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This is a big question:  My dog has had surgery/an injury. Will his muscles return to normal – by themselves?


According to Michelle Monk, leading Pet Rehab specialist with a Masters Degree in Animal Physiotherapy, the short answer:


This is a common question to canine physiotherapists. Most people think that muscles will grow back to normal size by themselves after injury or surgery. Unfortunately, many times this is not the case for your poor dog.


What happens?


1. Muscle Atrophy

Muscle atrophy occurs when the muscle “wastes away” or becomes smaller. This starts to happen quite early on at the start of an injury or disease. Muscle Atrophy may go unnoticed in the

Muscle Atrophy – ACL injury

beginning, particularly if your dog has a longer coat. For dogs who suddenly go lame or have surgery on a leg, wasting away of muscle will be more noticeable. It will actually get a little worse before it gets better.


Muscle atrophy occurs for a variety of different reasons. There are however two main reasons:


  • In response to Pain.

An example: if your dog injures their knee joint (stifle) or has some arthritis, this will cause pain. The pain in the local region causes the muscle fibres to not switch on completely anymore. As the whole muscle is not completely “switched on”, the weakness and atrophy result.


  • Due to Disuse.

If your dog is limping and not using his limb and the muscles are not used for normal movement, atrophy results.

This usually happens after a mild injury or there is the start of some arthritis. Disuse also occurs where your dog needs to be crated after surgery or injury.


Generalised atrophy may occur when there is disuse of the whole body. This may occur in a dog that has had prolonged restricted activity or crate rest.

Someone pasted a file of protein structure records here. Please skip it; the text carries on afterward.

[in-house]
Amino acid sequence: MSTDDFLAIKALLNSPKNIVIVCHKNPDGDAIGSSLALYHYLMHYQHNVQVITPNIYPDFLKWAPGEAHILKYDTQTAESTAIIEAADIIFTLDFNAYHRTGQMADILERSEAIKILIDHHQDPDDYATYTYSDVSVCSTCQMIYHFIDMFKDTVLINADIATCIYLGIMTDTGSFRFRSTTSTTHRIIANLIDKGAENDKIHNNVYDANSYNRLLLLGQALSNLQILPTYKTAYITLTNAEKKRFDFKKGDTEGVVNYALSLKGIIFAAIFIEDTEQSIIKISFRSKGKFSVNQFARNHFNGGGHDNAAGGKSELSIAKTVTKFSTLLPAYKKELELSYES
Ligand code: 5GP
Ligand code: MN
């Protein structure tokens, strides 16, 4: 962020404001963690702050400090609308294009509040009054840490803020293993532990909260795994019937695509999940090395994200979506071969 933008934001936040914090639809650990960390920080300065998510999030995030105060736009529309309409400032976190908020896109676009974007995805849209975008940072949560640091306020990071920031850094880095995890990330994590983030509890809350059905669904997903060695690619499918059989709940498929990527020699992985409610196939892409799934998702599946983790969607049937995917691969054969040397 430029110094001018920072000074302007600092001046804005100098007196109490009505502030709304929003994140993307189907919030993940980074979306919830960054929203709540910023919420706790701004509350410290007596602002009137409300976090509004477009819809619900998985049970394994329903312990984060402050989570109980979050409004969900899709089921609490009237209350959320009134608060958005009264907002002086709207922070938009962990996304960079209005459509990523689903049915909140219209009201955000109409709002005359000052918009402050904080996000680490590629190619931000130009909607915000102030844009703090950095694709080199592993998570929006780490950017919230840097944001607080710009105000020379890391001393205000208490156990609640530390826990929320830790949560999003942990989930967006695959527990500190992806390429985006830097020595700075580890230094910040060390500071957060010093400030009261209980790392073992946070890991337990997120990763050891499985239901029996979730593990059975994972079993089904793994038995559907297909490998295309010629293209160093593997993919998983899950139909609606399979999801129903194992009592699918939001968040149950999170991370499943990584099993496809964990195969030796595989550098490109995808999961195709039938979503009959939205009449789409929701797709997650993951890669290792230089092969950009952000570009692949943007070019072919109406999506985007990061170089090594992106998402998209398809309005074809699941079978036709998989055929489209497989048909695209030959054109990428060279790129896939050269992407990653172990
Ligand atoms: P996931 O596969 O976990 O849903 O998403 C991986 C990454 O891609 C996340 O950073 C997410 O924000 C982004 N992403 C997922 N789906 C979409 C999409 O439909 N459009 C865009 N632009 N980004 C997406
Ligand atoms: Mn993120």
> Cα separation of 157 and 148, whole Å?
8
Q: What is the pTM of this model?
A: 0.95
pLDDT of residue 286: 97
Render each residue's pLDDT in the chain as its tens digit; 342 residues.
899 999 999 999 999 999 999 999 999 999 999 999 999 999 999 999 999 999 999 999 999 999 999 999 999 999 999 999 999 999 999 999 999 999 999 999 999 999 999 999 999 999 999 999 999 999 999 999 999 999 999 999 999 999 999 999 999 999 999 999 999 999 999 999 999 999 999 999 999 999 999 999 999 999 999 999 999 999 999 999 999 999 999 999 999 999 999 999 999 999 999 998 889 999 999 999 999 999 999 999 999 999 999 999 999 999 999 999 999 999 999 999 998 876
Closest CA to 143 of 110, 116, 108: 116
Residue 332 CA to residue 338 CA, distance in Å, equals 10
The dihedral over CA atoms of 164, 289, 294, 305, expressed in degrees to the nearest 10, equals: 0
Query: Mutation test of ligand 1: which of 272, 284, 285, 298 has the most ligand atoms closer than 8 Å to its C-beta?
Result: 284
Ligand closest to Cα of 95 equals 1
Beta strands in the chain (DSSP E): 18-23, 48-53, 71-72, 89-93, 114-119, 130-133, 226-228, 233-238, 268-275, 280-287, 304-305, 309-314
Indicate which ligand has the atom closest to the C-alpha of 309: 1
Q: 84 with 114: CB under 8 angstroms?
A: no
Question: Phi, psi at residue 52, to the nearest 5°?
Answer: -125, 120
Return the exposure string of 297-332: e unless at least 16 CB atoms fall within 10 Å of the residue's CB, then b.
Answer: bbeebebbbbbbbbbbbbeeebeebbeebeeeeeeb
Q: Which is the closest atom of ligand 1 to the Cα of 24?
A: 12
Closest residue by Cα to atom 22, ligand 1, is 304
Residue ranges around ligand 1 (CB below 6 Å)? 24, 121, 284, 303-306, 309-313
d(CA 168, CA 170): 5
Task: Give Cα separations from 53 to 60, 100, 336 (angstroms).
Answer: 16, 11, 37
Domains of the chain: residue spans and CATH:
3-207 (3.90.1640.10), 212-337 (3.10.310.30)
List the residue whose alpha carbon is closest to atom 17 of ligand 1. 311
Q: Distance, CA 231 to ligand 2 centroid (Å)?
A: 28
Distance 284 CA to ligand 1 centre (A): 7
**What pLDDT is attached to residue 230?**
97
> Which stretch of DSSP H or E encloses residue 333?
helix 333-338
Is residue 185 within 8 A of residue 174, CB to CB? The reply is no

Specific atrophy occurs in a specified area or limb. This may be seen in an affected limb or limbs due to injury or surgery.


Dogs generally move around on 4 limbs. A small amount of discomfort in a single leg causes them to transfer their weight around to their healthy legs. Dogs do this more easily than us humans who only have two legs.

In the early stages of an injury, dogs can effectively hide their pain like this and it may go unnoticed by a pet owner. Your veterinarian or physio will best examine your dog’s legs. They will be able to feel a difference in muscle size, confirming that muscle atrophy has occurred.

Muscle atrophy occurs much quicker when both disuse and pain are present.


2. Muscle Inhibition

Muscle Atrophy is made worse or compounded by muscle inhibition.

Inhibition occurs when a muscle partially or completely shuts down.


What does it mean for a muscle to shut down?

The nerves that normally send and receive signals within that muscle aren’t working properly. The nerves are sending distorted messages. It is also possible that they have stopped sending messages altogether.

Muscle inhibition may be due to factors such as swelling, inflammation, joint laxity or instability and pain. It may even be due to a surgeon having to cut through muscle to get to the injured area which brings with it these factors.


Muscle inhibition is commonly seen in:

  • quadriceps group after knee surgery in both dogs and humans.
  • the triceps muscle group in dogs after elbow surgery.


An example: